The role of schools in supporting HIV-affected children in sub-Saharan Africa: a systematic review

04 Nov 2016 02:35:18 GMT

HIV-affected children (themselves sick/with sick parents/orphaned) are particularly vulnerable to poor nutrition, mental and physical health, sexual abuse and poverty - which consequently tend to have a negative impact on their school enrolment and academic progress.

Reviewing existing literature on schools and the health and well-being of vulnerable children, this literature review aims to address the following question:

What interventions have been made to improve school environments to facilitate support for the health and well-being of vulnerable children in Zimbabwe and similar socio-economic contexts in sub-Saharan Africa?

Establishing an overview of existing literature on this topic is essential to learn from previous experiences and identify what supplementary research is needed in order to fully understand the potential possibilities of school capacities to facilitate contexts of care and support for HIV-affected children.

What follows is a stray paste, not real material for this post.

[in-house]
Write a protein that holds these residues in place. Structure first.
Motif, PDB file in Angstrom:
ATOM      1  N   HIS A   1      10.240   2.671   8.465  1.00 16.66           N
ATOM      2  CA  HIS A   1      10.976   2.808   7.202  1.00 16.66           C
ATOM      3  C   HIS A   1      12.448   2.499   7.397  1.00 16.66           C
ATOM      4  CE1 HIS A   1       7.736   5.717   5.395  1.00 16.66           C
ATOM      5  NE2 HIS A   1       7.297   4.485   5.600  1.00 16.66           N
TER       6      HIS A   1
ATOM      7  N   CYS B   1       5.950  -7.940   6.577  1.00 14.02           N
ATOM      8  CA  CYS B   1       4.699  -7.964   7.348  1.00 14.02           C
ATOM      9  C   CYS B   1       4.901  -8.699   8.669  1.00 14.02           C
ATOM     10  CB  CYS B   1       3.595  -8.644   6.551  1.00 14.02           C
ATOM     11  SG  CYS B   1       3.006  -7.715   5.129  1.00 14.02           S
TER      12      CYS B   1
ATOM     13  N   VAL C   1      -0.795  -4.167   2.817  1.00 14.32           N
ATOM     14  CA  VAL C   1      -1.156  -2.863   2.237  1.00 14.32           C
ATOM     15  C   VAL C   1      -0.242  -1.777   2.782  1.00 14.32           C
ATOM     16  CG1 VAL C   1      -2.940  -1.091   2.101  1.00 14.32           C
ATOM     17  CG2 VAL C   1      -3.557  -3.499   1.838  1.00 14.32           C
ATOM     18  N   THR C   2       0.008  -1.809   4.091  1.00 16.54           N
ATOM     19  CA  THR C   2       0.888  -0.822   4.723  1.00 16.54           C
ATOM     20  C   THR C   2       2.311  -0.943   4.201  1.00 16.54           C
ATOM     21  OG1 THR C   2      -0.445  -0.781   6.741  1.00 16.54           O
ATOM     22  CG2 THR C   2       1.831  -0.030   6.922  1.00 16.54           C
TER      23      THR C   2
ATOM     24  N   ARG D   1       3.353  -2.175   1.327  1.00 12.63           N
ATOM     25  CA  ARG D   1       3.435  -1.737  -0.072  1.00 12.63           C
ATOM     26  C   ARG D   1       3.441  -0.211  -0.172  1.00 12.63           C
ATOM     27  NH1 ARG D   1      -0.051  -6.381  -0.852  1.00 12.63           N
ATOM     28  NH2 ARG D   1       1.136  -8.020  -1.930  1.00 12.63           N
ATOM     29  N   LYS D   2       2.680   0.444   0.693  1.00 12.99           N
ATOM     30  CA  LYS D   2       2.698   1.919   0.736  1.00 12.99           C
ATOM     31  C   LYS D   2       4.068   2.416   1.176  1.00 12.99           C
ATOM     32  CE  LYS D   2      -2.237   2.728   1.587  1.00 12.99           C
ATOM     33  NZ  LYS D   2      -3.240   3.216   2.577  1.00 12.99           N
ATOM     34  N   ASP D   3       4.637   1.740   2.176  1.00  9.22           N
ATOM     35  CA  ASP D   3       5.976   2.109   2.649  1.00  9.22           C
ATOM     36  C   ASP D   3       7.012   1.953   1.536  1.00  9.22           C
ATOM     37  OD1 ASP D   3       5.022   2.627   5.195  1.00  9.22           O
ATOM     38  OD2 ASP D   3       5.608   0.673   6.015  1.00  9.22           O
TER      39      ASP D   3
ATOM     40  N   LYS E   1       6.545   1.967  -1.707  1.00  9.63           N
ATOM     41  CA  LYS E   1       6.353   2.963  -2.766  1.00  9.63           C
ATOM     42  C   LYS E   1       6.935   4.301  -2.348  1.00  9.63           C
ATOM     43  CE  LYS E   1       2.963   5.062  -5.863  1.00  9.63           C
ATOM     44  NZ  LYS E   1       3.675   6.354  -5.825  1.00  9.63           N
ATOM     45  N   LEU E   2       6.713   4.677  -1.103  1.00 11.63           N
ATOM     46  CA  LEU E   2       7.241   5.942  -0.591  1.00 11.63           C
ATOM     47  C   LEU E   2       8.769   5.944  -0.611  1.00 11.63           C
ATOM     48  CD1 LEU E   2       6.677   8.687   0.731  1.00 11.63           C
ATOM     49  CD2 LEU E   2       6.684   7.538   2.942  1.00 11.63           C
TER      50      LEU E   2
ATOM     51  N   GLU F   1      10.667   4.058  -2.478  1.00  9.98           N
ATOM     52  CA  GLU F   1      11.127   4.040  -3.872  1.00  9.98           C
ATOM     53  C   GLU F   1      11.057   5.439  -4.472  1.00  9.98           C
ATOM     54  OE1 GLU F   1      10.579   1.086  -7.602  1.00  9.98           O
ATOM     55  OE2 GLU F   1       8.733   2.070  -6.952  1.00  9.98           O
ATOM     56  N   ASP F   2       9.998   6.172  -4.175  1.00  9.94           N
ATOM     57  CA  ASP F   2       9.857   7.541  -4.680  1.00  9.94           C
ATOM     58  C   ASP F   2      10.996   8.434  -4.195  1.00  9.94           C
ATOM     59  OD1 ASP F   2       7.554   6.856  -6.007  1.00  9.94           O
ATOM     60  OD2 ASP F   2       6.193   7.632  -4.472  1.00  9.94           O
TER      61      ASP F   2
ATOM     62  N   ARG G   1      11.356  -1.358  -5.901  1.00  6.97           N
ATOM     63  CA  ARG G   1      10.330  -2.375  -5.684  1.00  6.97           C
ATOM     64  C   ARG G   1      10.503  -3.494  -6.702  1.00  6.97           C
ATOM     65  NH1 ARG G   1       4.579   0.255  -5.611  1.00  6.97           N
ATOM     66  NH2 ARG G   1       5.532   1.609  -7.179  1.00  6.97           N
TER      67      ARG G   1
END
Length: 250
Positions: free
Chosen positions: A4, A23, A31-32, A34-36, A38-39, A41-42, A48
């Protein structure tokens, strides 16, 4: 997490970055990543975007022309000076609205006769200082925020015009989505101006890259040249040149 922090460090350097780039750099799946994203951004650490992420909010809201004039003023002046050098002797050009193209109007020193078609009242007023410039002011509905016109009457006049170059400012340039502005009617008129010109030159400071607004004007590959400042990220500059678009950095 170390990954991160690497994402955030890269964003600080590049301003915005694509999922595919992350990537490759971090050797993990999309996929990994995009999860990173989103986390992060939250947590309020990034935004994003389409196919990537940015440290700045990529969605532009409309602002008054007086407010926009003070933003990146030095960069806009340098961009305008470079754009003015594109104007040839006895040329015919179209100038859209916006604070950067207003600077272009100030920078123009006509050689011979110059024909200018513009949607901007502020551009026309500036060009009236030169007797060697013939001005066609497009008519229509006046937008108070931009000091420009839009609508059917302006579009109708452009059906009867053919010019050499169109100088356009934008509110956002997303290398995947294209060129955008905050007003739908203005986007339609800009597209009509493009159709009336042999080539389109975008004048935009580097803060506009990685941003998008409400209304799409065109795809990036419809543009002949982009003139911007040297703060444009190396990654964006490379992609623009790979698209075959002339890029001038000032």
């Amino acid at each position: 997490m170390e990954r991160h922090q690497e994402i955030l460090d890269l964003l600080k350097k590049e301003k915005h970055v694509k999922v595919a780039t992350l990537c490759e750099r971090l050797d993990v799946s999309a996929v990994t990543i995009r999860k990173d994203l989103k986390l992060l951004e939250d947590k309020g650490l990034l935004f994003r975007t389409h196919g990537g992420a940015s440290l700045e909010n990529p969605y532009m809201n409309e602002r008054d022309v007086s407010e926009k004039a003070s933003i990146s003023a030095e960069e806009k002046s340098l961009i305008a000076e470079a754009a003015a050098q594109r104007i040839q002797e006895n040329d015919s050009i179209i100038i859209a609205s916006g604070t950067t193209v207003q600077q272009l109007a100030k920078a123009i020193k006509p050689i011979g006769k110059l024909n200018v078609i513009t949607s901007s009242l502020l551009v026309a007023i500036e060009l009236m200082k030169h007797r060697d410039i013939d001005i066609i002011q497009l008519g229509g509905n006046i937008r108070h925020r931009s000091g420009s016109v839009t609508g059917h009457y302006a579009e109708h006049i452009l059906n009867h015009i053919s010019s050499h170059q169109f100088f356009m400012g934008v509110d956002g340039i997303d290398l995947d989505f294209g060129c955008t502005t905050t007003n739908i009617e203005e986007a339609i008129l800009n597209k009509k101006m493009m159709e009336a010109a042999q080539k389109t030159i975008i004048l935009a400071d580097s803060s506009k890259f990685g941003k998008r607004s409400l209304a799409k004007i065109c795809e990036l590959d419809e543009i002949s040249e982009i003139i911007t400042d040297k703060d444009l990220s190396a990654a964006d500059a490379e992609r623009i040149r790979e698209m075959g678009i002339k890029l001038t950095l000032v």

This review has demonstrated positive correlations between school enrolment and the health of children, as well as acknowledged the potential of school-based interventions to support the health of children and promote their health knowledge. However, there is a need for schools to go beyond knowledge and provide more comprehensive support for HIV-affected and orphaned children, particularly in light of the dwindling capacity of struggling households to provide adequate care and support for children in their care. Rather than relying on the implementation of external resources to do this, there is a need to supplement existing research exploring the pathways through which some schools in challenging socio-economic contexts manage to support HIV-affected learners by drawing on already available resources and by involving local communities.

Furthermore, there is a need to explore the interface between schools and external organizations in order to strengthen supportive school environments. This should be done by developing the existing literature with more in-depth qualitative research focusing on children’s perspectives, allowing HIV-affected children to express how they experience the school environment and cope with adversity in their everyday lives.

Religion and child death in India

03 Nov 2016 12:37:24 GMT